This was something that happened. I promise it did!

The acting was, as expected, subpar.  The storyline did not really make use of the inherently funny bits in Pulp Fiction. It just slid forwards, like a slug on heavy meds. Pulp Fiction was slow paced, and the humor was at times subtle, and almost always relied on an interesting dialogue or interaction between interesting characters you cared about and found appealing. In Plump Fiction, you didn't give two fucks about any of the characters. They probably weren't meant to seem interesting or be characters you were supposed to invest intellectual capacity in. And that is one of the reason we will see quite a few spoofs and half assed comedies on this bleeding Bottom 100 list. Because the characters are 0 dimensional. Yes, that isn't a term that actually means anything, but I’m using it anyway, because it seems only too fitting with these flicks. The reason nothing works in this movie is probably because most of the cast and crew involved, never took a minute to figure out what comedic timing is, and why it is important.

They weren't acting here. Just thinking about their careers. 

Why is this something that exists?
It exists solely with the dimwitted hope that riding on the coattails of Pulp Fiction was more than enough incentive for everybody to want to see a spoof of it. At first, this idea might even seem reasonable. But 10 minutes into this film, even the most audacious spoof connoisseur would be cowering in shame. Moreover, the people responsible had probably looked at movies like aforementioned Airplane! and possibly Robin Hood: Men in Tights (also a time honored spoof classic), and thought: “That's not too hard. We already have Pulp Fiction that is awesome. We'll just do that, only make it a comedy”. Sadly, producing something that doesn't make people want to slash their eyeballs out with a katana, turns out to be a little harder than you'd think.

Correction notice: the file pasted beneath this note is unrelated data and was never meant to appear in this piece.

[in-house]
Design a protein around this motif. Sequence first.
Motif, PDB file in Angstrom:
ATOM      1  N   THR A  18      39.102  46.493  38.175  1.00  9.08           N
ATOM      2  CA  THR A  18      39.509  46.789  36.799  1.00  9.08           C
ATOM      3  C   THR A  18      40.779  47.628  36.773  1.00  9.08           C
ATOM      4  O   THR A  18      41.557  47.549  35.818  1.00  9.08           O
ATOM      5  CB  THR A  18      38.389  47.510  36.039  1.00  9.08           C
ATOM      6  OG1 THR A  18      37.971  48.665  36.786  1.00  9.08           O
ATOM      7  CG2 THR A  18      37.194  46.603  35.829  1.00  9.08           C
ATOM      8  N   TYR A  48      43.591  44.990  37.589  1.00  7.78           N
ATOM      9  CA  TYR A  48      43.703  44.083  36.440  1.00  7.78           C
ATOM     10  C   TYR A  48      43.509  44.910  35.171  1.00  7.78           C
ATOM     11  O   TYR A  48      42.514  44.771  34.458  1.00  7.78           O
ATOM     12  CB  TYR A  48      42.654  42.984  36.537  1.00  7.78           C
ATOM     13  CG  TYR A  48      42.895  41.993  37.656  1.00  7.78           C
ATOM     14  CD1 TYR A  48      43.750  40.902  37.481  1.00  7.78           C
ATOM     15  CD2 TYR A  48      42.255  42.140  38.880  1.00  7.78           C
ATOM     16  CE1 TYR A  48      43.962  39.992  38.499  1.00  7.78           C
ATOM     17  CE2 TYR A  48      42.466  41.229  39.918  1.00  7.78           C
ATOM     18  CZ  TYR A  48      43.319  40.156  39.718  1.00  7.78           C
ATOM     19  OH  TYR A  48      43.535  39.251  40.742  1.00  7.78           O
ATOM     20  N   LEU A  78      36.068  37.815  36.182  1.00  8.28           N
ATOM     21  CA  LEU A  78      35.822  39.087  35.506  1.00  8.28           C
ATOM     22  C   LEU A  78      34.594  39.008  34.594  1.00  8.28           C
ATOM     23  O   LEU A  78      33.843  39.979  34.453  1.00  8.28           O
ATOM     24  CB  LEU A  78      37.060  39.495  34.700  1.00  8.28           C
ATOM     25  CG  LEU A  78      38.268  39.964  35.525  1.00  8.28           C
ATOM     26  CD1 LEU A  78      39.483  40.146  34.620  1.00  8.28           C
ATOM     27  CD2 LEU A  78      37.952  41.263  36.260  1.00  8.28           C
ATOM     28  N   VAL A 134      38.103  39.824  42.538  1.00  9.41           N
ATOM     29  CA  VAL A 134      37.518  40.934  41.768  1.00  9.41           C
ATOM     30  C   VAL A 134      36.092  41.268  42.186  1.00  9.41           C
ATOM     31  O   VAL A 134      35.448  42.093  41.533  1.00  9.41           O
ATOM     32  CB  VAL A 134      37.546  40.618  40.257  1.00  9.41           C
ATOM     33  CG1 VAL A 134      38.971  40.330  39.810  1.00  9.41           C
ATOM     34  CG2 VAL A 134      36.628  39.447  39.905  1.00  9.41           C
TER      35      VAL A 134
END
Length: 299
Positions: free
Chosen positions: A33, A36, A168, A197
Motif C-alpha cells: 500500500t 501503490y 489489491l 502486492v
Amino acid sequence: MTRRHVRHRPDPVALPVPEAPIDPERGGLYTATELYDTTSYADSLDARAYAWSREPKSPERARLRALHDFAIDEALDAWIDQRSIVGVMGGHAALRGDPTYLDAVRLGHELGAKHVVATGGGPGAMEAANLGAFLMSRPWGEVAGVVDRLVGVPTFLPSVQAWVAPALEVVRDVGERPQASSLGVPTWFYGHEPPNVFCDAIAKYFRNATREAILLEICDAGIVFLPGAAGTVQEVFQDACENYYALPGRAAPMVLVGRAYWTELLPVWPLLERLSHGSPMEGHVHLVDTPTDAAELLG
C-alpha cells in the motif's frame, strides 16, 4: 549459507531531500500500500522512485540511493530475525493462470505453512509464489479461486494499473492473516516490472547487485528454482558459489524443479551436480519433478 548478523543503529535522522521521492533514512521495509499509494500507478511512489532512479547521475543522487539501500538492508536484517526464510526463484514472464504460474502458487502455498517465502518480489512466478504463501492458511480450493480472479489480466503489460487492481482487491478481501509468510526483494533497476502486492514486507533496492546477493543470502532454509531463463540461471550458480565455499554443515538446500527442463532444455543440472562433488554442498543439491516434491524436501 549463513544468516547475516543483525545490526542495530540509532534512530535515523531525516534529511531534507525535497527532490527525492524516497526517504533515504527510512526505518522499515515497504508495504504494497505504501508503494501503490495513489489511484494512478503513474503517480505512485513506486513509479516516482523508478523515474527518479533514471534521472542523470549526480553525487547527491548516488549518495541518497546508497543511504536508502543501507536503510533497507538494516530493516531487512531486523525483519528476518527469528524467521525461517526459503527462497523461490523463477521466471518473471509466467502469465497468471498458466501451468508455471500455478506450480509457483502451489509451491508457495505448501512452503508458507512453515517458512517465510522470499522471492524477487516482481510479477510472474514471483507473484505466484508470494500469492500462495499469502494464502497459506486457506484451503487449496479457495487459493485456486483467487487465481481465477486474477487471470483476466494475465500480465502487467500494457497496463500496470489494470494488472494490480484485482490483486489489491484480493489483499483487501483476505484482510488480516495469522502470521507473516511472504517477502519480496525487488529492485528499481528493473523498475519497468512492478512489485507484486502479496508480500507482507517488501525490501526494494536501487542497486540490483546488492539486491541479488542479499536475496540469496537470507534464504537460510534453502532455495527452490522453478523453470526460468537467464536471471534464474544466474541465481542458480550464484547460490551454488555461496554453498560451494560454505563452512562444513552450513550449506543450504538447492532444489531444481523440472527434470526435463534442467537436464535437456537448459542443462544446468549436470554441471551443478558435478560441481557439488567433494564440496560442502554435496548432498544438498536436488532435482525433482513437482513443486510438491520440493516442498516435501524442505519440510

Look at that bald cap. LOOK AT IT!

They didn't even have huge talent like Huey Lewis or Lady Heather from CSI that I totally can't remember the name of to yank this bad boy out of the B level. Ok in all fairness, Lady Heather from CSI probably didn't have much to work with in .Com for Murder. Right? Don't worry, Lady Heather from CSI, you were totally badass as Lady Heather from CSI and you get a free pass. On a personal note, too bad Grissom is kind of a weirdo, because you two totally would've made a handsome... Right, I'm straying off track here. Anyway, Plump Fiction exists because of reasons, and while that answer is admittedly extremely generic, it rings eerily true. Because there really isn't any logical reason for it to be something that exists.

You certainly have a lot of hate. Could you do better?
No I might not be able to top this. While it is by no means good, I suppose I will concede, that more work went into making it, than the two previous B100 movies. It's hard to say, because this just wasn't good at all, you guys. I might've mentioned it, but it sucked. It did have potential to be good, though. At least up until the point where any of cast & crew got involved. Pulp Fiction was awesome, and an easy movie to lampoon, because everybody knows about it, it is infinitely quotable and has a non-linear story line that confuses, and thus intrigues, the audience. Why things still went completely down the shitter for Plump Fiction, I can only attribute to poor decision making skills. On the part of every single person involved.

When grabbing screenshots, I chanced upon another, unrelated, knocking over of Bumpkin.

Paul Dinello, who plays Jimmy Nova (the John Travolta/Vincent Vega character), used to do comedy with Stephen Colbert, as well as write for the Colbert Show later on. I’m a big fan of Stephen Colbert and his show. Therefore I am conflicted in regards to Paul Dinello. I’m gonna give him the benefit of the doubt, and imagine he was drugged, and somebody threatened to murder every single person he had ever met in his life, unless he played Jimmy Nova. That is the only way I can coalesce those two aspects of his person.